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Want To Give Her Flowers? Here Are Some Types Of Flowers To Get You Started
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Want To Give Her Flowers? Here Are Some Types Of Flowers To Get You Started

Some of these are cultivated in Malaysia while most of these are imported. That’s why they’re expensive.

Melissa Suraya Ismail

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From beauty, passion to even death, flowers come in different types and colours each symbolising various meanings and occasions. Flowers can be for casual gifts, anniversaries, graduations, weddings, condolences and loads more.

If you’re a fan of flowers, you might know these types of common flowers. But to those who haven’t got a clue what baby breaths even are, well this list is for you.

Send this list to your flower virgin friends or partners to get them well acquainted with the types of common flowers. Who knows, this could be a subtle way to tell them your favourite flower. Valentines Day is coming, you know.

1. Roses

The most mainstream of it all. It’s impossible to not know this one. Roses come in different varieties and colours and are generally associated with love and romance.

You’re sure to make a lady blush by giving her red roses.
(Credit: ECohen / Flickr )

Fun Fact about Roses: Apart from being the national flower of the United States of America, did you know that you can eat roses? What?!?

2. Lilies

No wonder Lily is one of the most popular flower names for a girl, they’re gorgeous flowers! While a lot of flowers have the name lily in them but are not actually lilies (e.g. Calla Lily, Water Lily, Daylily), true lilies come from the genus Lilium. They signify purity and fertility.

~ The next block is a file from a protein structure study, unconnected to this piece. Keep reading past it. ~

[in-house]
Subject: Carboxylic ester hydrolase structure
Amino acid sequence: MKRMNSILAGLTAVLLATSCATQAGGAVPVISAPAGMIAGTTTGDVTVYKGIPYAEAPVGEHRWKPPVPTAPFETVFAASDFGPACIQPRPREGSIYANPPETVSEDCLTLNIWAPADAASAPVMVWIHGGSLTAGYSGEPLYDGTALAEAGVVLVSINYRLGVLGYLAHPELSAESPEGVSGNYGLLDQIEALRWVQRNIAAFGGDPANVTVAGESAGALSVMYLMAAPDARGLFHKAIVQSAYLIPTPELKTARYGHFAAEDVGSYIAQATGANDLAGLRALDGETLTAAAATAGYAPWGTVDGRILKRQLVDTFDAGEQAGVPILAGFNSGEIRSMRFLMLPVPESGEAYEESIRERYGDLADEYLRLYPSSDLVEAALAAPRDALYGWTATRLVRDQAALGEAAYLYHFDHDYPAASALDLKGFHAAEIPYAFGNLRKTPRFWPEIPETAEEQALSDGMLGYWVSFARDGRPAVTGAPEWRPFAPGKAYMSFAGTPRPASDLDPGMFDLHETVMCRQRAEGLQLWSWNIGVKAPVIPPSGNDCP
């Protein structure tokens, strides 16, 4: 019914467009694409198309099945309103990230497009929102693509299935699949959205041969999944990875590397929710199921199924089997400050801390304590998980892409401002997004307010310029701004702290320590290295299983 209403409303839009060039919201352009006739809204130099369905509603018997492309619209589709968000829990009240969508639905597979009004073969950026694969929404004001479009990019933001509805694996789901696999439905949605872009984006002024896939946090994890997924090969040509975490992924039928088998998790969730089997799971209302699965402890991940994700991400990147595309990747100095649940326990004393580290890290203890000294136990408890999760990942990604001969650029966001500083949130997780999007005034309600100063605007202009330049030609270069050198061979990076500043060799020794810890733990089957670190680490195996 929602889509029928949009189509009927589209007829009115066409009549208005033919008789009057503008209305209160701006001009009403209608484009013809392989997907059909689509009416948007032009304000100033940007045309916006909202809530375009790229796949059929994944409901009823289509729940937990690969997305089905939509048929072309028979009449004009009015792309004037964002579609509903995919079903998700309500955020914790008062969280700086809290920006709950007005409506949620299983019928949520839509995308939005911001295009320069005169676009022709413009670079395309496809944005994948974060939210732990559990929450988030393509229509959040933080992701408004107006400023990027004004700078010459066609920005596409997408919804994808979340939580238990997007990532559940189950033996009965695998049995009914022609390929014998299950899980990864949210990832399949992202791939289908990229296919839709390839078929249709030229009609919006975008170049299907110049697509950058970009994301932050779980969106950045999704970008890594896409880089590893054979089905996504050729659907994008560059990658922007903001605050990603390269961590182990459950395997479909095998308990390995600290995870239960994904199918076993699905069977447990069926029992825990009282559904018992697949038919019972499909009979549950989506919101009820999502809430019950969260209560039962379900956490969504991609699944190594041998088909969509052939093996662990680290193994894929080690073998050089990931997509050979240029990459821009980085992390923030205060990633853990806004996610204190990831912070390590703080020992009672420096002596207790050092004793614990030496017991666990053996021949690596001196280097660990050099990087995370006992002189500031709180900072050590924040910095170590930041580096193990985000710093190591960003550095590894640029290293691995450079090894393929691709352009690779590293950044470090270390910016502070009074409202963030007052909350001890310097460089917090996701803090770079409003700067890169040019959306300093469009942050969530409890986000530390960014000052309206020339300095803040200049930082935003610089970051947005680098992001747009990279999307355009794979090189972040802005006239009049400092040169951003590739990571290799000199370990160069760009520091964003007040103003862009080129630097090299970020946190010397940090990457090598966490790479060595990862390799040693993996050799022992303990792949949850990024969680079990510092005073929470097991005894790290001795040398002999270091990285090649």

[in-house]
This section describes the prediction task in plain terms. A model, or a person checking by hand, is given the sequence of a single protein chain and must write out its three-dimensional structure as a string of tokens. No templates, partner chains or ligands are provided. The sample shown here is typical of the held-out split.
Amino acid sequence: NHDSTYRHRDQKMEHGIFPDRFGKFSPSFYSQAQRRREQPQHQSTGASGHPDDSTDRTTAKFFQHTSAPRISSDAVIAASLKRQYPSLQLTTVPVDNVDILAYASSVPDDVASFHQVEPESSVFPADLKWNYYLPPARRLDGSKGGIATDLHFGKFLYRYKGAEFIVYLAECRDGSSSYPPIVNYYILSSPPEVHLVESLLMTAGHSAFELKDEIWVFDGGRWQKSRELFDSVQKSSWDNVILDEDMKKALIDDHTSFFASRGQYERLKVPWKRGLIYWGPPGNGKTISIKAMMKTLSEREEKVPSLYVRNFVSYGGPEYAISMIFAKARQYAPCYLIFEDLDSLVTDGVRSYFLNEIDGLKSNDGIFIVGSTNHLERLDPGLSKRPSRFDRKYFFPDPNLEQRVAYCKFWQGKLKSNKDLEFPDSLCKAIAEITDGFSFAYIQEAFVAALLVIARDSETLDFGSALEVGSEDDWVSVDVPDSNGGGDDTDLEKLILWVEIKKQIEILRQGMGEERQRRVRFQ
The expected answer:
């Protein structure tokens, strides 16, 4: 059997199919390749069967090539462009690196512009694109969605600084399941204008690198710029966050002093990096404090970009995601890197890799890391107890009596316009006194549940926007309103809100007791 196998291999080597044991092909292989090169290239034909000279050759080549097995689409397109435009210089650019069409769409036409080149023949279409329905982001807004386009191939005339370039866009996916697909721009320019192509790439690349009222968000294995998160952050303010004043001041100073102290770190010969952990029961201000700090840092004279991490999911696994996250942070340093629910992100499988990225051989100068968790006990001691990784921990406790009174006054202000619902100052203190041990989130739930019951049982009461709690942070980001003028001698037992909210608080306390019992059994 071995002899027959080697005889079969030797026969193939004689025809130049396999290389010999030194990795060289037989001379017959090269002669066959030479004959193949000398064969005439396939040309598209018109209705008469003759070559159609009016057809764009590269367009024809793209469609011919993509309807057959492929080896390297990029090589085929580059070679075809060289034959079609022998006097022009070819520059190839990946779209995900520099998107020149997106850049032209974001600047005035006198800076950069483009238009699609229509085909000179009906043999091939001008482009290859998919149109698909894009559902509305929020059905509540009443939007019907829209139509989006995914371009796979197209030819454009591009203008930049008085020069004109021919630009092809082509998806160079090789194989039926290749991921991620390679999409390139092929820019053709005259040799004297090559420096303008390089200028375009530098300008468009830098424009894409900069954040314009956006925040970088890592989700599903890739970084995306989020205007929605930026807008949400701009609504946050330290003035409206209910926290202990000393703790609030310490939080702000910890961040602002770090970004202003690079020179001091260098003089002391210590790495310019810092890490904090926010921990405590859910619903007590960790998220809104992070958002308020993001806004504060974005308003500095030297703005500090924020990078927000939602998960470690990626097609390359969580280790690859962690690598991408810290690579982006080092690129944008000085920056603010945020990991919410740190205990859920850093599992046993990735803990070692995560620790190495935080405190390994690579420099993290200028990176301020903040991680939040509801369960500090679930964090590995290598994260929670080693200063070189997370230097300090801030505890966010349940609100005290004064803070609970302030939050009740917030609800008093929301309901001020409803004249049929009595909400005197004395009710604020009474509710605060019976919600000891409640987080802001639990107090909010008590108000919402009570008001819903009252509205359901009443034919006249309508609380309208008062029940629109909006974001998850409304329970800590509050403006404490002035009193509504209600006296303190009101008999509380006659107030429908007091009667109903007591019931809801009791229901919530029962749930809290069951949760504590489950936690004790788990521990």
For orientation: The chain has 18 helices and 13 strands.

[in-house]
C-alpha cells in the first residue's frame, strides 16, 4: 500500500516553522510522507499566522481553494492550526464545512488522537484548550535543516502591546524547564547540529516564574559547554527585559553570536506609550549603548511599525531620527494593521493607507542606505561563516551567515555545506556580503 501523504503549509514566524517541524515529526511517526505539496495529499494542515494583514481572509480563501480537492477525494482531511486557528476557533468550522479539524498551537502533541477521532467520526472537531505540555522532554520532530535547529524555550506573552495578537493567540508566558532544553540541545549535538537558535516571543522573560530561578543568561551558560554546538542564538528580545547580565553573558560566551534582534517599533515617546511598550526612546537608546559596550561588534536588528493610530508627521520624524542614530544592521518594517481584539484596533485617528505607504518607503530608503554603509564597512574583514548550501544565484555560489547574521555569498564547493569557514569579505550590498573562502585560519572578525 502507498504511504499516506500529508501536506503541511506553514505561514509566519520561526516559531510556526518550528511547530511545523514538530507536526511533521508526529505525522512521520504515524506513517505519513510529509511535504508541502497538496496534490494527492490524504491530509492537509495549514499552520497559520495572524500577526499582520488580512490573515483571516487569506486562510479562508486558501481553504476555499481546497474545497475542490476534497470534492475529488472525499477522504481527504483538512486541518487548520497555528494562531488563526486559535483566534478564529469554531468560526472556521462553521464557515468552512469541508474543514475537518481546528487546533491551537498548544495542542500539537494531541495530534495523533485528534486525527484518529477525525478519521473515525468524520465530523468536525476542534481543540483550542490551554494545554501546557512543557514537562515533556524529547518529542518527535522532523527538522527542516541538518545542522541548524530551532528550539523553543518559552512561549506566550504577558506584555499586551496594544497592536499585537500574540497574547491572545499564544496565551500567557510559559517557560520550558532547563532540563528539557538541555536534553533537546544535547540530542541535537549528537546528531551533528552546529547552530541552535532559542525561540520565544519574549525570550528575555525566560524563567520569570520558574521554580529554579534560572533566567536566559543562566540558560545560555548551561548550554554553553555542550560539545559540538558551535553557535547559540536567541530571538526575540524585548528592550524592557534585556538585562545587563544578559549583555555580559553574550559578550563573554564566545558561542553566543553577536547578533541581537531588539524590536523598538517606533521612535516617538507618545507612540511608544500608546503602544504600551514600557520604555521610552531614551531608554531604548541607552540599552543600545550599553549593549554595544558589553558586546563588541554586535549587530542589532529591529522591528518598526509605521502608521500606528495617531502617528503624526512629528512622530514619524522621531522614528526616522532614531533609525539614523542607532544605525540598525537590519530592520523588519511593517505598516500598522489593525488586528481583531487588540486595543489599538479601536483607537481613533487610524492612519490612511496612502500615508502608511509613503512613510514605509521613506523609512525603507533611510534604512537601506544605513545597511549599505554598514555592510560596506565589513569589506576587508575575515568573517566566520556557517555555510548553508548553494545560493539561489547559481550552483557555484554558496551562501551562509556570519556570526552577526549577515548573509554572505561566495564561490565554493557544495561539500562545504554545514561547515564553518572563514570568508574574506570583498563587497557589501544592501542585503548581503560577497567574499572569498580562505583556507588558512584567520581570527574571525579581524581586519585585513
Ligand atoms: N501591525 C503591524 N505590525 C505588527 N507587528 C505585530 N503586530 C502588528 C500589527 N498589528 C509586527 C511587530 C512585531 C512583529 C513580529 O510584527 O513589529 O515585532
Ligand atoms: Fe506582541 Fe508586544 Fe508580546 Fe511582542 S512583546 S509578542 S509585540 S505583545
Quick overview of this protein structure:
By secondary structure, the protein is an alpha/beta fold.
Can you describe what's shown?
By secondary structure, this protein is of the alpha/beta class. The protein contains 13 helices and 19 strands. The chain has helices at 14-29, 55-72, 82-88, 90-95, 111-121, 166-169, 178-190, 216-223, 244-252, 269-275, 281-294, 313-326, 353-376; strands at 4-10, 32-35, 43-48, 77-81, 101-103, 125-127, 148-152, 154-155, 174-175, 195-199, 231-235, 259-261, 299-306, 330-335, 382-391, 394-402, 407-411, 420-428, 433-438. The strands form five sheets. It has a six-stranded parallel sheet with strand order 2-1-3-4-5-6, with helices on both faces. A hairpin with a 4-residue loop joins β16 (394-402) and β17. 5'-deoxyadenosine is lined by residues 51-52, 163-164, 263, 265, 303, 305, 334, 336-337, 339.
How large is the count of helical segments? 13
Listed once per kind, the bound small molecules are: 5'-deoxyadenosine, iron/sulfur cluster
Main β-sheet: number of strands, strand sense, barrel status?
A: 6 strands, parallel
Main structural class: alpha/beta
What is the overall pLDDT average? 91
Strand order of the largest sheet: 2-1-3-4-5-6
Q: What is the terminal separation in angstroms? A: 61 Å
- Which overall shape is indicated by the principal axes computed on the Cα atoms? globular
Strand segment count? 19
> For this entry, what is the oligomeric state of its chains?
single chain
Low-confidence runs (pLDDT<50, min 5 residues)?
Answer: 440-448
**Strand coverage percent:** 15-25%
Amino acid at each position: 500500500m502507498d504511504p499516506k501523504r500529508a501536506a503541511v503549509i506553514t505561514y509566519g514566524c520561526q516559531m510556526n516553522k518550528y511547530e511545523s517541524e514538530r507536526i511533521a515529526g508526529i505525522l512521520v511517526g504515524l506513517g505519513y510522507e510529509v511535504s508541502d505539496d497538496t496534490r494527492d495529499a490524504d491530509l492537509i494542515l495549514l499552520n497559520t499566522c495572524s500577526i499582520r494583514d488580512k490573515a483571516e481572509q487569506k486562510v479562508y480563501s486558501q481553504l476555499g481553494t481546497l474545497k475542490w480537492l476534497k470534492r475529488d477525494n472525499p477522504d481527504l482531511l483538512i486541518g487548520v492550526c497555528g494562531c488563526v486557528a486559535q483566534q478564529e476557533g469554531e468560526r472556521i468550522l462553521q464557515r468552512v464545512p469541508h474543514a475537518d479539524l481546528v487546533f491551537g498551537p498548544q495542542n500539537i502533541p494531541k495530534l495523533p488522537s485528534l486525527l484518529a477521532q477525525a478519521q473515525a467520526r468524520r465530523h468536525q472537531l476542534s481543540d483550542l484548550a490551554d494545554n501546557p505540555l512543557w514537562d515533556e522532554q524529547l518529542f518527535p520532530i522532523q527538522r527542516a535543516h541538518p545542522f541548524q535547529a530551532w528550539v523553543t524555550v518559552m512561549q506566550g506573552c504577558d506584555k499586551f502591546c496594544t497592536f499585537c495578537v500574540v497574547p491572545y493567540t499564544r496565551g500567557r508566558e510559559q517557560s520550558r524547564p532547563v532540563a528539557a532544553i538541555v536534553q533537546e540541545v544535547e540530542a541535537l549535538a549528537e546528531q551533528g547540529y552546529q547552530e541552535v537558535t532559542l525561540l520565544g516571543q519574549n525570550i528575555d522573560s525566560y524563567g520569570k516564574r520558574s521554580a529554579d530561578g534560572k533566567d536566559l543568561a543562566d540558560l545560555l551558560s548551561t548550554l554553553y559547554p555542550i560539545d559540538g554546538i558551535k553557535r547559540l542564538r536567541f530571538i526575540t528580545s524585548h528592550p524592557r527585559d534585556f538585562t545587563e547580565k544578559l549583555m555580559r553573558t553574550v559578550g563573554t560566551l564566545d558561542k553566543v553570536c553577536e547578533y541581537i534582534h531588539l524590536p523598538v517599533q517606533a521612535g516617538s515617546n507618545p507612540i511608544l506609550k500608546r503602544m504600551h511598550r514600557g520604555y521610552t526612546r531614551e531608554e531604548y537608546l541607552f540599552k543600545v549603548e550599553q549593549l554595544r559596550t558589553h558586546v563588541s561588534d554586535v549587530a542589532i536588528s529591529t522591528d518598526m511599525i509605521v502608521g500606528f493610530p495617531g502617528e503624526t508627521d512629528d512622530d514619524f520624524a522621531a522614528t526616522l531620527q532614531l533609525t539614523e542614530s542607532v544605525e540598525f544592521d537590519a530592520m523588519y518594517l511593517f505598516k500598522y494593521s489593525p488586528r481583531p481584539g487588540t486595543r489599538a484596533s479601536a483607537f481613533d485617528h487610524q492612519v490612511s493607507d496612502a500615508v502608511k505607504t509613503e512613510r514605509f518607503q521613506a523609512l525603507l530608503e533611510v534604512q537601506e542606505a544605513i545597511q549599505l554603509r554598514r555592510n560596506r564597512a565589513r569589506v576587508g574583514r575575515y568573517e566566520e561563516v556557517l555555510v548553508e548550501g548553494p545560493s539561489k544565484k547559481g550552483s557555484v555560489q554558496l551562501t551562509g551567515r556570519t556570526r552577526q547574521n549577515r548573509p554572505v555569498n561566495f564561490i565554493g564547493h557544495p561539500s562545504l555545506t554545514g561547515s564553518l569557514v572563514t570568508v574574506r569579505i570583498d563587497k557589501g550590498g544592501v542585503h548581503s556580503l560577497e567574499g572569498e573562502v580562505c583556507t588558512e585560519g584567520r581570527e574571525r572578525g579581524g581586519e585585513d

Considered true lilies, Pink Lilies signify admiration and feminity. (left). Calla or Arum Lillies (right) don’t actually come from the genus Lilium.
( Credit: hannekez, Dimitrijevic / Flickr )

Fun Fact about Lilies: They may be ranked the 4th most popular flower across the globe, but sadly, they can also be poisonous for your cats.

3. Daisies

Daisies are found everywhere on Earth except for Antarctica! Representing innocence, purity and true love, Daisies comes in different types, colours and sizes. The most common Daisy is called the English/Lawn Daisy or Bellis Perennis (the white petals with yellow disc floret).

Common Daisies (left) and Gerbera Daisies (right).
( Credit: Fimb, Kara / Flickr )

Fun Fact about Daisies: They are actually two flowers in one! The petals count as one flower while the cluster in the middle is considered the other flower.

4. Orchids

Known to be an exotic type of flower, this popular houseplant is associated with fertility, virility and sexuality. Uhh, be careful to whom you give these. Orchids come in different shapes of flowers, some impersonating bees, spiders and even monkeys.

Some Orchids can live up to a hundred years!
( Credit: Powers / Flickr )

Fun Fact about Orchids: Apart from having a long lifespan with the correct care, did you know that vanilla beans come from a type of Orchid?!?

5. Tulips

The name Tulip originated from the Persian word for “dulband” (turban), as the full bloom bulb looks like a turban. They are known to symbolize perfect or deep love, rebirth and charity.

The Tulip Mania‘ once swept the world crazy as it caused the price of the flowers to skyrocket, crashing the markets.
( Credit: Rodovnichenko / Flickr )